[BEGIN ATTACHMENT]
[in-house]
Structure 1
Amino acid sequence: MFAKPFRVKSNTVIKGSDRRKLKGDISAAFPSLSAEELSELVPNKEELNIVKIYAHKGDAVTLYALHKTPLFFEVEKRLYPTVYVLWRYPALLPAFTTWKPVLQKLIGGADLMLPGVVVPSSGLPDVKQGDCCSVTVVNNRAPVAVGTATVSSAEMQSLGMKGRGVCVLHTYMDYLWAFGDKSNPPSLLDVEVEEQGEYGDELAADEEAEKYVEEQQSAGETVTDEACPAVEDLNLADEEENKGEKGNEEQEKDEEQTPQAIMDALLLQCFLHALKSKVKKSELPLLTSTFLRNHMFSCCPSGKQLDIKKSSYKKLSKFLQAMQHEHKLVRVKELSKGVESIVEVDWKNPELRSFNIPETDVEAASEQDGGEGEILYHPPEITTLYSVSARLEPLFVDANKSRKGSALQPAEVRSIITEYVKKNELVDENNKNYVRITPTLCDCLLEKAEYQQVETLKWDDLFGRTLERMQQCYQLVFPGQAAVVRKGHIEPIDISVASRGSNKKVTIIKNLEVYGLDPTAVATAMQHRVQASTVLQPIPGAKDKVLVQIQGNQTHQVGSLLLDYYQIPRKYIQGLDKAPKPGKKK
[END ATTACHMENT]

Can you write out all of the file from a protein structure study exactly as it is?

[in-house]
Structure 1
Amino acid sequence: MFAKPFRVKSNTVIKGSDRRKLKGDISAAFPSLSAEELSELVPNKEELNIVKIYAHKGDAVTLYALHKTPLFFEVEKRLYPTVYVLWRYPALLPAFTTWKPVLQKLIGGADLMLPGVVVPSSGLPDVKQGDCCSVTVVNNRAPVAVGTATVSSAEMQSLGMKGRGVCVLHTYMDYLWAFGDKSNPPSLLDVEVEEQGEYGDELAADEEAEKYVEEQQSAGETVTDEACPAVEDLNLADEEENKGEKGNEEQEKDEEQTPQAIMDALLLQCFLHALKSKVKKSELPLLTSTFLRNHMFSCCPSGKQLDIKKSSYKKLSKFLQAMQHEHKLVRVKELSKGVESIVEVDWKNPELRSFNIPETDVEAASEQDGGEGEILYHPPEITTLYSVSARLEPLFVDANKSRKGSALQPAEVRSIITEYVKKNELVDENNKNYVRITPTLCDCLLEKAEYQQVETLKWDDLFGRTLERMQQCYQLVFPGQAAVVRKGHIEPIDISVASRGSNKKVTIIKNLEVYGLDPTAVATAMQHRVQASTVLQPIPGAKDKVLVQIQGNQTHQVGSLLLDYYQIPRKYIQGLDKAPKPGKKK